2017 Oscar Nominated Shorts: Animation

Less odd a collection than in previous years, the 2017 Oscar-nominated Animated Shorts are, nonetheless, all over the place thematically, artistically, and in the audience they cater to. The animated shorts nominee formula (one beautifully made film, one from Disney/Pixar, and three that are very good, but just “off” enough to have no shot of winning) holds true for the most part. However, I found this group to be less saccharin than usual, which made for more interesting viewing. Although in the theatrical release of the nominees, they added two “Highly Commended” shorts, one of which was so extraordinary that you were left wondering how it was not nominated over the weakest of the nommed five.

And, for the eighth consecutive year, there is nothing to challenge the greatest animated short film of the last twenty years, 2008’s winner, “La Maison en Petits Cubes“. One day…

A truly varied bunch…here are your 2017 nominees…

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Blind Vaysha” (Canada)
Directed by Theodore Ushev

blindvaysha_05An examination on the repercussions of failing to live in the present, this Canadian film is made exclusively with stop-motion wood-cuttings, which provides more than a little wonder. To add to the instant magnetism, the narrated story begins with a fabulous setup. Alas, it runs out of gas soon thereafter, finishing with the narrator literally telling you the moral of the story, which feels like both a cop-out and a real disappointment. Granted, it is based on a  short story by Bulgarian author/artist Georgi Gospodinov, so some preaching can be forgiven, but I had hoped for more of a payoff. Nonetheless, I believe this is the first nominated short I’ve seen using this visual technique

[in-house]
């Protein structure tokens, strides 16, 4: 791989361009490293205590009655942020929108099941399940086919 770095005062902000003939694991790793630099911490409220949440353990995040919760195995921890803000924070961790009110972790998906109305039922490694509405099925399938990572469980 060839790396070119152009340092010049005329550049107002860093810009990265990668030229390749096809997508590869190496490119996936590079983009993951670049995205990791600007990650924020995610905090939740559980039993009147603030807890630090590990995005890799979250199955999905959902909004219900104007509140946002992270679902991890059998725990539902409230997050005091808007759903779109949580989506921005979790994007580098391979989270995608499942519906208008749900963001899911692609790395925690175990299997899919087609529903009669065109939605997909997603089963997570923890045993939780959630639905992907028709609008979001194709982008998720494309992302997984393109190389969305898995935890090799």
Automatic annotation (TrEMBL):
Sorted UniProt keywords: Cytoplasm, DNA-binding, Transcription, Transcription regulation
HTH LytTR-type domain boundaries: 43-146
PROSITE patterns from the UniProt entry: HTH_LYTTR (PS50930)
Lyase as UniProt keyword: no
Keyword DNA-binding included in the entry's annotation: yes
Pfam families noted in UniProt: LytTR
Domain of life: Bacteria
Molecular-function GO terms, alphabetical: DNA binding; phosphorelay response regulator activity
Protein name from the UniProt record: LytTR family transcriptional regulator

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“Borrowed Time” (USA)
Directed by Andrew Coats & Lou Hamou-Lhadj

920x920.jpgMy favorite of the bunch (which means it has no shot), is simply stunning, direct, emotional and provides a thrilling three-act structure in six minutes with not one word of dialogue. Concerned with the power of regret during the final chapters of a long life, this visually arresting film is the epitome of what a short can be. The closest thing to a perfect animated short film as I’ve seen in the last few years, I would hope the voters see the brilliance in it. Alas, as ever, I fear Pixar will steal it’s thunder come envelope time. Hope I’m wrong, and I hope you have the chance to see it in the near future if you choose to miss the theatrical release at your theater.
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“Pear Cider and Cigarettes” (Canada/UK)
Directed by Robert Valley

pear-cider-and-cigarettes2-1-1200x565